Most people suffer from some degree of narcissism. Learn to discern the signs of narcissism in yours
There has been much written about Narcissistic Personality Disorder (NPD), which is an all-pervasive pattern of grandiosity, intense need for approval, admiration or adulation, self-importance and sense of entitlement, constant envy of others, arrogance coupled with rage when frustrated, and total lack of empathy.
This article is not about NPD. It is about the common, garden variety of narcissism, which is far more prevalent than NPD. In fact, most people suffer from some degree of narcissism.
The narcissism I am writing about here can be defined as a pattern of thinking that others' behavior is "all about me." The narcissist is self-involved, with a lack of caring and compassion for others when their fears and insecurities are triggered. You are being narcissistic when you take others' behavior personally and believe that you are somehow causing or controlling others to do what they do. You can see from this definition that the ego wounded self in all of us has some degree of narcissism.
For example, Sherrie is the mother of three children, ages five, seven and ten. Like most kids, sometimes they don't listen to her. However, instead of recognizing that sometimes kids just get resistant or preoccupied and don't listen, Sherrie takes it personally. "How can they hurt me like this? They don't care about me. If they cared about me, they would listen to me." Sherrie keeps getting hurt by her children because she is taking their behavior personally, thinking that it is about her rather than about them.
Norman feels hurt and angry when his wife, Natalie, doesn't feel like making love with him. Natalie works full time and is the mother of two young children, so she is often just plain worn out. Norman, instead of caring about Natalie and having compassion for her tiredness, takes it personally that she isn't feeling turned on. "If she loved me and found me attractive, she would feel like making love with me." Norman's ability to empathize goes out the window when he take's Natalie's behavior personally and then feels rejected.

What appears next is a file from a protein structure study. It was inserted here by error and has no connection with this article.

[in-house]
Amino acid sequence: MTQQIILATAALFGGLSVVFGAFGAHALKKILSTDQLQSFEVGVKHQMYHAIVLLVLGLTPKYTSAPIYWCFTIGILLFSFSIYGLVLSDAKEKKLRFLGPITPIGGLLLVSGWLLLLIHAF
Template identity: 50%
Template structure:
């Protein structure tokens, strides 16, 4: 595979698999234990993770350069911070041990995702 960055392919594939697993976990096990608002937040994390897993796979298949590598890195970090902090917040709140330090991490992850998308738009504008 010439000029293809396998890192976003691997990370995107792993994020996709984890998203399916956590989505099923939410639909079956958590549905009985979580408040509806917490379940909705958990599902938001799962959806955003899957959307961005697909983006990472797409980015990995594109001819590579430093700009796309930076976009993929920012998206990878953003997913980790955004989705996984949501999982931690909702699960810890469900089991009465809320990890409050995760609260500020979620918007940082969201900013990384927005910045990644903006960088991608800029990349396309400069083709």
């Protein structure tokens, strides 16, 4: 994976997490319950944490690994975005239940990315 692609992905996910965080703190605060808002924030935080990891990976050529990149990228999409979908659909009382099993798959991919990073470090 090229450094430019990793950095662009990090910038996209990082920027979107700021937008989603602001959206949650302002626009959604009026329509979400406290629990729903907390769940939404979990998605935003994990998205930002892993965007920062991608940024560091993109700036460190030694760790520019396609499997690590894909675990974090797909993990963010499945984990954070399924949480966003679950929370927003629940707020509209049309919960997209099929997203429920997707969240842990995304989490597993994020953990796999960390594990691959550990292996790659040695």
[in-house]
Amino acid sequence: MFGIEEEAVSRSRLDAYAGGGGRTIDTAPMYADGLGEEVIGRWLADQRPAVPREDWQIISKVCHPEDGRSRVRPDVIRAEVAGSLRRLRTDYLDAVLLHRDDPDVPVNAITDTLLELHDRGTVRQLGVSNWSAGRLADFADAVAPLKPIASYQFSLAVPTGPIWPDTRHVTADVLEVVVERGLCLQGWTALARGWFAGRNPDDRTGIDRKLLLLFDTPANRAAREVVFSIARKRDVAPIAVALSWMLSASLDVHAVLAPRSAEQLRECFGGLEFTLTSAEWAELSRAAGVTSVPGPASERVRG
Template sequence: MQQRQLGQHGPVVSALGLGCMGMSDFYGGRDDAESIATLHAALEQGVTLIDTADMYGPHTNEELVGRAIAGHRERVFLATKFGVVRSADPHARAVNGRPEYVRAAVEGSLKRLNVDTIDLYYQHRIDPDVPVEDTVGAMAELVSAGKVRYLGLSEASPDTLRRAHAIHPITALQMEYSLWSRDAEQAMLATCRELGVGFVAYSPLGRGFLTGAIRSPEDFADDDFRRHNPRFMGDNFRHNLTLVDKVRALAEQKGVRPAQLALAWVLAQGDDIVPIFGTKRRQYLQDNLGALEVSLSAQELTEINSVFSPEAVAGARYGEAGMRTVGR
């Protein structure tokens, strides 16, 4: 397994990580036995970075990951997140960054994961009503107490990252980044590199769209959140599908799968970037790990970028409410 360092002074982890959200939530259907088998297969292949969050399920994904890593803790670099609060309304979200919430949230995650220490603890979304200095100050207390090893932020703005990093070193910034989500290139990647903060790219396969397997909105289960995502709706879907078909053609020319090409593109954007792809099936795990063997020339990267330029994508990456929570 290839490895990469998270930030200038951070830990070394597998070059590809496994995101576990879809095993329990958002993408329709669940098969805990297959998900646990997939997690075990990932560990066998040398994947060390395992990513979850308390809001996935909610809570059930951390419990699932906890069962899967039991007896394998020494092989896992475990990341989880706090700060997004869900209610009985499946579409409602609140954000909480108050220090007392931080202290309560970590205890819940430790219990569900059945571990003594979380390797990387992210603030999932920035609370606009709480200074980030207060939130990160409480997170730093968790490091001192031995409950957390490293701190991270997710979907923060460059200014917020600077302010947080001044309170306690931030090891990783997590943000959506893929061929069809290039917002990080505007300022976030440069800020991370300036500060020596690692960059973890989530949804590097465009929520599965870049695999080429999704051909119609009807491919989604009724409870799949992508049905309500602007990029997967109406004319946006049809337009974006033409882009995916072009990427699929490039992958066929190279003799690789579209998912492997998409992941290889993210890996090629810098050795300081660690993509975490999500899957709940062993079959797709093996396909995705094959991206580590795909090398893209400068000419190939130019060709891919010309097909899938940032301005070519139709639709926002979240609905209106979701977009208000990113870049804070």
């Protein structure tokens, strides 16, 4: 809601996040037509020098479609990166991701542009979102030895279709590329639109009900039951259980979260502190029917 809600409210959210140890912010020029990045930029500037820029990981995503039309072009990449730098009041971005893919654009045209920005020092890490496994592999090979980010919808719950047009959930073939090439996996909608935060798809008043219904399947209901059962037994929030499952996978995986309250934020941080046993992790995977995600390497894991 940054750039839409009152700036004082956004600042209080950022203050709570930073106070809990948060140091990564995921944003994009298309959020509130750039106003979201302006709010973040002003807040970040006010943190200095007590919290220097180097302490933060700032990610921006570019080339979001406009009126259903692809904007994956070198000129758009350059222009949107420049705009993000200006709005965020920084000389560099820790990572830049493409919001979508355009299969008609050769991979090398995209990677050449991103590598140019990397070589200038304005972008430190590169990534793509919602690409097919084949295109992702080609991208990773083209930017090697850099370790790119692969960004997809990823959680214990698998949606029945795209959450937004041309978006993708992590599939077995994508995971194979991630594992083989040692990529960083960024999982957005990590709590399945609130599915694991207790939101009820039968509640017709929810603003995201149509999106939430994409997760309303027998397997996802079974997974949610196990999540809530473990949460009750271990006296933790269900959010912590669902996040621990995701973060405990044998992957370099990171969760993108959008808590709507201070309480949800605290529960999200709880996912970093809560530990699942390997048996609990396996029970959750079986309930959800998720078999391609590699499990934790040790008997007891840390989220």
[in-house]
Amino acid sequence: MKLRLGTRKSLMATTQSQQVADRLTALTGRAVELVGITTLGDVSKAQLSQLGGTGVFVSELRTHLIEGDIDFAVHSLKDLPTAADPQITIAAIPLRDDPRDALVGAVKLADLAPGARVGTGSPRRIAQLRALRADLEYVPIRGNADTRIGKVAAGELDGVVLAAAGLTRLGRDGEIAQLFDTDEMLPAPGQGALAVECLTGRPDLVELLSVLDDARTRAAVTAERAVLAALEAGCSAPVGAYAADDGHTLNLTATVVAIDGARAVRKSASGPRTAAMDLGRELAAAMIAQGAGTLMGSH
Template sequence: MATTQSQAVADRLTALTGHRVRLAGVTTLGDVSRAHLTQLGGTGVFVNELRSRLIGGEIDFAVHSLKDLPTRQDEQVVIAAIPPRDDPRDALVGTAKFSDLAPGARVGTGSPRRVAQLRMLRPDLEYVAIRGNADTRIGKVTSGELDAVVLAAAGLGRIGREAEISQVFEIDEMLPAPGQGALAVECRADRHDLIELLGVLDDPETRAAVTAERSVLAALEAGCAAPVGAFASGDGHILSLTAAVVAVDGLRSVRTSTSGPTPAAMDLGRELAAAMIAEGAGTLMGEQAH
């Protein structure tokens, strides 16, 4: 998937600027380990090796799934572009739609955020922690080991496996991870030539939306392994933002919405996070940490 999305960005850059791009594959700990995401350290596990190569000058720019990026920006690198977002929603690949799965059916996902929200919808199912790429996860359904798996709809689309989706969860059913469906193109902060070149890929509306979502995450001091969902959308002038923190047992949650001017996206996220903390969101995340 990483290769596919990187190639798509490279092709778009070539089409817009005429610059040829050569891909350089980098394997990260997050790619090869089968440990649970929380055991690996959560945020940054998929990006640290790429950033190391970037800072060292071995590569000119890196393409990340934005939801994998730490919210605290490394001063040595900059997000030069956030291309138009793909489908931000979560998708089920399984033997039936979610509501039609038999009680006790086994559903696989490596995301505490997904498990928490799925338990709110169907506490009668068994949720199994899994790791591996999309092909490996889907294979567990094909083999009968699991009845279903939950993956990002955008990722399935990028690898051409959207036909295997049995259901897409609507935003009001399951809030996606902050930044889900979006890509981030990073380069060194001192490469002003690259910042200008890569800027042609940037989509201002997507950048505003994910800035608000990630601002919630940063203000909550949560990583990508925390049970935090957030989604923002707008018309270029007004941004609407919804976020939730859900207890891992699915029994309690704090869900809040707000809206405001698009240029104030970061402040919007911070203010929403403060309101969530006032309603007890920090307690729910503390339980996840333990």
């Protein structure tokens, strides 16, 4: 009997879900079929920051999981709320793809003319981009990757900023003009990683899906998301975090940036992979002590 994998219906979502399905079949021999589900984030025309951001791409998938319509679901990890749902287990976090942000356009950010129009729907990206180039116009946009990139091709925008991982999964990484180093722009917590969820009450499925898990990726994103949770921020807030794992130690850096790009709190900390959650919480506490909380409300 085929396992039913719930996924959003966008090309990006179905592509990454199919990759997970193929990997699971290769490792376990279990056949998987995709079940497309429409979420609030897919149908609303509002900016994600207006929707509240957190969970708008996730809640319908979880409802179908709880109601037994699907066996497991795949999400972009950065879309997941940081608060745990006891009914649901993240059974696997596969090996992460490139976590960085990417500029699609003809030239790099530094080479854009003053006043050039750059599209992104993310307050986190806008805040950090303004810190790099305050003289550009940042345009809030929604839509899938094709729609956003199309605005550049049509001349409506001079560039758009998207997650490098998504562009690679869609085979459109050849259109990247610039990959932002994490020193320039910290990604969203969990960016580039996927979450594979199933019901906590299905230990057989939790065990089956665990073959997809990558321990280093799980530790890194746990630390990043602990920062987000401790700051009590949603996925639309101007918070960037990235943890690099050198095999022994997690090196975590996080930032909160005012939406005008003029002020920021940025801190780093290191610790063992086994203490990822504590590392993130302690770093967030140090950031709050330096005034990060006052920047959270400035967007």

Trudy is on a constant search for approval from her boss. If her boss is slightly critical of anything, instead of caring about the issue at hand, Trudy becomes defensive and angry. In her mind, her boss should care more about her than about the business.
If you find yourself frequently feeling angry, judgmental or annoyed at others, you might want to explore the narcissism of your wounded self. Often anger, judgment and annoyance toward others are coming from the narcissistic wounded self's belief that others are responsible for your feelings. Therefore, if another person does something that upsets you or doesn't meet your expectation, you believe you have the right to be angry at that person. "After all," says the wounded self, "if that person really cared about me, he or she wouldn't behave in a way that upsets me. "
The narcissistic wounded self does not think about what might be going on with the other person. When you are operating from this aspect of the wounded self, it does not even occur to you to have compassion for the other person. You are focused on what you want, what you need, and how you feel - not from your loving adult self who would be taking responsibility for your feelings and needs, but from the wounded self who is only concerned with the other person meeting your needs and caring about your feelings.
The narcissistic wounded self believes that others should give themselves up for you, that others should think more about your feelings than about their own. The narcissistic 'taker' aspect of the wounded self believes that "you are responsible for my feelings, needs, safety and security." If you are a caretaker in a relationship with a taker, you might believe that, "I am responsible for your feelings, needs, safety and security, and when I do it right, then you will meet my needs for love, safety and security." The caretaker is overly concerned about others but lacks caring for self, and is therefore a covert narcissist, while the taker lacks concern for the other and is overtly narcissistic.
If you hear yourself saying things like, "What about me?" or "You think it's okay to just do whatever you want. What about what I want?" or "I just want to tell you my feelings. I'm really annoyed with you," or "I don't feel like I'm important to you," you might want to do some Inner Bonding work regarding how you are not taking responsibility for your own feelings and needs. You are likely in your narcissistic wounded self, making another person responsible for you feeling loved, worthy, important or safe.
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This article was originally published at Inner Bonding . Reprinted with permission from the author.